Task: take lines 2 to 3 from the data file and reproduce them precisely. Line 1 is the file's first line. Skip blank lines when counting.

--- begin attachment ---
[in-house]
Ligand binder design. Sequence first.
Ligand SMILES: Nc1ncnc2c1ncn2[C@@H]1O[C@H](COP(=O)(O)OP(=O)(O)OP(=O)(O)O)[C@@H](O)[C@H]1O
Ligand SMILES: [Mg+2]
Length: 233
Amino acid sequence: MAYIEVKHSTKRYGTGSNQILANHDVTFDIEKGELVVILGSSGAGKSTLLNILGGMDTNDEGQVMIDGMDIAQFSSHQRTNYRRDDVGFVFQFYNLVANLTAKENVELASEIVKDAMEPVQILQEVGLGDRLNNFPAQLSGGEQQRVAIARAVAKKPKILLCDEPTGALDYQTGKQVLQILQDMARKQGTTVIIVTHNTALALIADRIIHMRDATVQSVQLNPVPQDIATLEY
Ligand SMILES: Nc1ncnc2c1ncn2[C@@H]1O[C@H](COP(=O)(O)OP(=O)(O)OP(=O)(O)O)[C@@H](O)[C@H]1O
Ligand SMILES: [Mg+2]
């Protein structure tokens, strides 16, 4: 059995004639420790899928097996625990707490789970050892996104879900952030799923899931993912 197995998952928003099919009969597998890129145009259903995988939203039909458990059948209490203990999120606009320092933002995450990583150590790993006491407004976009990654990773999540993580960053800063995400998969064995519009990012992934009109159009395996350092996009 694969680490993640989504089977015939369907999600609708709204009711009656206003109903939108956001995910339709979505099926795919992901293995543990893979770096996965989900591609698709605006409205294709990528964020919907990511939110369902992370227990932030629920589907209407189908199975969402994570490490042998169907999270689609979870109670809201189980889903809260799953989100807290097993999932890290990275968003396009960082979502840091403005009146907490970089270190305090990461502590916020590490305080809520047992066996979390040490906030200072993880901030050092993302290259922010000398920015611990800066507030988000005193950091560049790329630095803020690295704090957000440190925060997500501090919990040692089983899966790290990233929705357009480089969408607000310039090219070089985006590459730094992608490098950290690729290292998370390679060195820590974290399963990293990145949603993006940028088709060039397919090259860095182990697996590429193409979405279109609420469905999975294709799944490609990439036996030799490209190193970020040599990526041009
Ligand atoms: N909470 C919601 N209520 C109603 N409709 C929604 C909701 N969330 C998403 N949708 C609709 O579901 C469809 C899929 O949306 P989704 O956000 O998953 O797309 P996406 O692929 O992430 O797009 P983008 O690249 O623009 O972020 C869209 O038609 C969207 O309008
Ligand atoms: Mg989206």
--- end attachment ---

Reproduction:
Ligand binder design. Sequence first.
Ligand SMILES: Nc1ncnc2c1ncn2[C@@H]1O[C@H](COP(=O)(O)OP(=O)(O)OP(=O)(O)O)[C@@H](O)[C@H]1O